Friday, November 13, 2009

Short Hikes Close to Home

The weather was mild and pleasant today, so when my friend Linda called and invited me for a walk, I of course said You bet, let's go. She had only an hour or so to spare, so we chose a couple of short trails close to town: the trail to Lake Lonely and then a partial section of the Bog Meadow Nature Trail. Here, Linda gazes across Lake Lonely from the observation deck at the shore.

Lake Lonely is a small quiet lake that lies just west of the much larger, busier Saratoga Lake. We reached the lake by a public trail that adjoins the Saratoga National Golf Course just east of town. (There's also a lake called Desolation that lies to the north of Saratoga Springs, joining Lonely and that well-known Lake Woebegone in a list of sad-sounding names for bodies of water.)

With the landscape now a study in various shades of brown, any brilliant color sure stands out. This Panicled Dogwood bush looks like it's sprouted a bunch of bright pink blooms.

But of course, the sprays of bright pink are the pedicels that bore the formerly white berries (now shriveled and yellow).

Even though their summer colors have faded, many flowers have seeds that are still attractive. This Flat-topped Aster, for instance, with its little puffs of white silk.

Or this seedhead of Swamp Thistle, which looks like a jaunty cap atop a fringe of blonde bangs.

The cattails around the pond at Bog Meadow have split their sausage-shaped seedheads to spill their down. In fact, it looked like a snowstorm today, with the down afloat on the air and piling up in drifts at the water's edge.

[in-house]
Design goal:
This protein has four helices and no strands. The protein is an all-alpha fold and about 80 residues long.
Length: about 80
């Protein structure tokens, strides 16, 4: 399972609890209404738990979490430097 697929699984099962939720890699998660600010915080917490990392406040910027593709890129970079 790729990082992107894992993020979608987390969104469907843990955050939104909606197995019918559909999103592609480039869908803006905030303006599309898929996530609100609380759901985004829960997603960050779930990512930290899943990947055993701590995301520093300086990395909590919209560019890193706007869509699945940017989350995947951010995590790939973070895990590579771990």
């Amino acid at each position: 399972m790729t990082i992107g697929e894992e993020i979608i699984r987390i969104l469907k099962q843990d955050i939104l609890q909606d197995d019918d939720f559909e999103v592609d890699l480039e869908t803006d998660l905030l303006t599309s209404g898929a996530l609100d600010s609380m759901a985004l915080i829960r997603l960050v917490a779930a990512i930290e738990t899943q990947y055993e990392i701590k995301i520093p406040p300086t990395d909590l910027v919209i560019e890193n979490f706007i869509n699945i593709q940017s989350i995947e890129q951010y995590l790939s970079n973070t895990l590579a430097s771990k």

This Northern Willow Herb has also split its seedpods to release its down. I love how the pods form such sprightly curls and tendrils. (The red stalks behind belong to Red Osier Dogwood.)

Finally, here's a mystery. The bare stalk stood about three feet high in a damp marshy spot, with the seedpod split neatly into three parts. At first I wondered if this could be the pod of Blue Flag, which flourishes in this area during the spring. But those pods are longer and tend to occur in bunches. This one was solitary. I'll have to keep watch to see what blooms here next spring or summer.

(Darn! Why didn't I think of it? This pod still contained a few seeds. I should have brought a few home to plant in my garden, and then I'd know for sure what flower this was. By the size of the pod, it might have been big and showy. I'll have to return and see if any seeds remain.)

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